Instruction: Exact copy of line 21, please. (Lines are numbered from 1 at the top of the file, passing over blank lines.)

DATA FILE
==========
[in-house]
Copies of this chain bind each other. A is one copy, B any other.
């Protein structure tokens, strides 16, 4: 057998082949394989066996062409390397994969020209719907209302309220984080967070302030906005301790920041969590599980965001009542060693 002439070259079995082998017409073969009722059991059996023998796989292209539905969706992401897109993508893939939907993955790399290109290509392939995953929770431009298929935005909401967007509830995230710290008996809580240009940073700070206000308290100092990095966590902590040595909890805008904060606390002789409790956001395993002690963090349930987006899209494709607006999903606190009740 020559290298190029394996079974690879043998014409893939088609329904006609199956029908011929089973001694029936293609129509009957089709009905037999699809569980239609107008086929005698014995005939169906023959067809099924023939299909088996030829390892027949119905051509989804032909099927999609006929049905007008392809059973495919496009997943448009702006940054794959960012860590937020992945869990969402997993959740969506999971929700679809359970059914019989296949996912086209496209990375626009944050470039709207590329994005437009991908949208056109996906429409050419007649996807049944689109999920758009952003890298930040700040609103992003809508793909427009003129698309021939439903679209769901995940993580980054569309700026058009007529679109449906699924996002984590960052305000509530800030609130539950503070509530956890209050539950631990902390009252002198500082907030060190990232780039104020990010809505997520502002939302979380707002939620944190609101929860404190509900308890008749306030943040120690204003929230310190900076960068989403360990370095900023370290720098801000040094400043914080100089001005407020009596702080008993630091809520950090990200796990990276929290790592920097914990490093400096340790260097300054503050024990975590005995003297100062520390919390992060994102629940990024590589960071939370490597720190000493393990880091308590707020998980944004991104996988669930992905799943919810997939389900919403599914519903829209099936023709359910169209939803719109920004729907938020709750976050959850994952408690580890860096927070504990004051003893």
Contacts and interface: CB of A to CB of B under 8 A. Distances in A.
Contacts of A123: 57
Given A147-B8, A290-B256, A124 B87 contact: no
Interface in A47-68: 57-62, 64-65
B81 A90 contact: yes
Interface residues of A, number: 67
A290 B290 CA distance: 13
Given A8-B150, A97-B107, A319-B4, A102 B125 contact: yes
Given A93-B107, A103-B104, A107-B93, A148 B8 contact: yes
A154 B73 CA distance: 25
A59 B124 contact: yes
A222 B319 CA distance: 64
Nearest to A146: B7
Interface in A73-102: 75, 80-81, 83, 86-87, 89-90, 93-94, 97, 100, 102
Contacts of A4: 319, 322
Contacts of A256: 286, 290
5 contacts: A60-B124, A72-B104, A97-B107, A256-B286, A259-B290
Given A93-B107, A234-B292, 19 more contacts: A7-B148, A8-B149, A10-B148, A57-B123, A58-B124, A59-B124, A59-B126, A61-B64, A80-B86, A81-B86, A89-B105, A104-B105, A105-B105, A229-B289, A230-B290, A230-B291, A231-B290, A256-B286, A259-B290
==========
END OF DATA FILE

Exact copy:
Given A93-B107, A234-B292, 19 more contacts: A7-B148, A8-B149, A10-B148, A57-B123, A58-B124, A59-B124, A59-B126, A61-B64, A80-B86, A81-B86, A89-B105, A104-B105, A105-B105, A229-B289, A230-B290, A230-B291, A231-B290, A256-B286, A259-B290